Old Cars & Rum Sodas

Very easily, I could write this post about all the things everyone tells you about Cuba. The people are really nice. The beaches are beautiful. The food isn’t very good. We experienced all this on our recent girls’ vacation. We also experienced much more.

Like many visitors to Cuba, we wanted to “see it before the Americans got there”. While in reality, Americans have been finding their way to the island for some years now, we got our wish and managed to meet only Canadians and Europeans.

Many of whom, were visiting the island (and resort) for the third, fourth, twelfth time or even more! I couldn’t imagine going to same place year after year. “What do you do?” I wondered. I enjoyed the ocean and relaxing with a book, but by day four I was tiring of applying sunscreen every two hours. (A”first world problem” for sure.)

Along with the owner and driver (a good-looking, young guy who attracts ladies like us), four of us crammed into this grand, old car.

The travel book says to “open your mind and heart to allow Cuba to show you all its charm and surprises”, or something like that. By this point, we were getting used to those surprises and indeed, we were even finding them a little charming. We rode in countless cars (old and older) which felt more like riding in a tin can, and we didn’t bat an eye anymore when the “taxi” our hotel called wasn’t a taxi at all.


The Real Cuba

Our spoiled Canadian taste buds couldn’t stomach the canned vegetables or fish, so we resorted to eating like locals: rice and beans, chicken and cabbage. Except we weren’t eating like locals. Cubans can still only dream of having access to all the food they could want for every meal of every day. A family of three might only get 120g of chicken in a month. This, according to a guest who was visiting her in-laws.


It was this encounter where we started to realize and really experience what the repeat visitors had been telling us. First, we were seated without a reservation at our resort’s Cuban-themed restaurant. Following dinner (which included the chef literally running out to get my friend a chicken), the restaurant broke into an impromptu dance party when a man from Quebec set his Bluetooth speaker on the bar and started blasting spanish music.

Be prepared to dance when you go to the Tropicana!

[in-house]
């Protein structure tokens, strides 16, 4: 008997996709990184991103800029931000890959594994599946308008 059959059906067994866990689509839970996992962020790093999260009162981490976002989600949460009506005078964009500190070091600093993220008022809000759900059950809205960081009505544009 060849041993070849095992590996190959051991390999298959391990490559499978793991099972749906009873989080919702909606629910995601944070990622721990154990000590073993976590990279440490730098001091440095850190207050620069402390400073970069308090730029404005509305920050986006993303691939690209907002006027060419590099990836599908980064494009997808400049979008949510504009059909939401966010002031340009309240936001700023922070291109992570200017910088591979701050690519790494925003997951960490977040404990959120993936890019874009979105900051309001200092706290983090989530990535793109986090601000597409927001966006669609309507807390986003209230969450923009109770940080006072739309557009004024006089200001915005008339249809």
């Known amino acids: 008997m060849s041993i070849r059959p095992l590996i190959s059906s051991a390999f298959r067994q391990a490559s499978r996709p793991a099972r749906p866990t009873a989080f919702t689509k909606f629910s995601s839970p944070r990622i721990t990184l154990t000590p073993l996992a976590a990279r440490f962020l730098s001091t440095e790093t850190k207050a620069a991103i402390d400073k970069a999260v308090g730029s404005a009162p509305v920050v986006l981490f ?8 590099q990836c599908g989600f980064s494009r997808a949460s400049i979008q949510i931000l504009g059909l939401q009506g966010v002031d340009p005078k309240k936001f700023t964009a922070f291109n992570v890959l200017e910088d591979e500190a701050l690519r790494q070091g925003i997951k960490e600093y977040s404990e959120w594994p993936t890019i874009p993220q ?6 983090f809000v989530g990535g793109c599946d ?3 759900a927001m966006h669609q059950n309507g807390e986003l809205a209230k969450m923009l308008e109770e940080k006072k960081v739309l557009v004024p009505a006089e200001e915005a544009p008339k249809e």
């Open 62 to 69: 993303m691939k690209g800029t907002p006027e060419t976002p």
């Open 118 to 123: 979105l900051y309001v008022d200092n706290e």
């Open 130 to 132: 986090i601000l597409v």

There we were, four thirty-something Ontario women dancing and laughing and downing rum and soda like it was our job. We didn’t have a care in the world. The least that we were the youngest people at the resort. At that moment, the eight middle-aged women who referred to themselves as the “Breezes’ Bunnies”, three Cuban servers and the Quebec couple were the best company in the world.


So, maybe that’s it. To truly let go of our cares, we have to go to a place where there are literally no distractions (wifi is basically non-existant). Just music and dancing. It must seem twisted to Cubans we have more “stuff” than they can imagine and we need to escape it to really enjoy living. Like many countries I’ve visited though, they are far richer in happiness. And in some respects, this is what puts food on their table.

Exploring Old Havana

Unfortunately, my camera was stolen by someone on our plane (right?!) so I was left with my iPhone to capture the colours and stunning architecture of Old Havana. Here’s a few shots. To see more of my favourites, check out Instagram.

3 thoughts on “Old Cars & Rum Sodas

  1. Hi Jen,

    New reader here! I just found your blog, as I was searching for fellow farm girls who love to travel. Glad I found yours!!
    Question: did you go to Cuba with friends from your hometown? I want to go there, too, before it gets too touristy. I would love to know more!
    Ash Breanna

    1. Hi Ashley! I’m also glad you found my blog and thank you for your comment!

      To answer your question, I went with a pretty random group of girls to be honest. My best friend from my hometown, one of her friends from college and one of her friends from her hometown! We had a good trip and we went for the same reason! I will say Varadero is quite touristy no matter which way you cut it. It’s only resorts and markets set up to sell souvenirs to tourists. If you can set up a trip that takes you out of Varadero, you’ll likely have a more unique experience. That comes with it’s own set of challenges though also. I have noticed there are some groups doing ag tours in Cuba. The “real” ag area I’ve been told is in the south, so if you want to mix some ag with sun & vacation, then it might be worth checking out resort areas in the Southeast (Santiago de Cuba way). That being said Havana was beautiful and is totally worth a stay.

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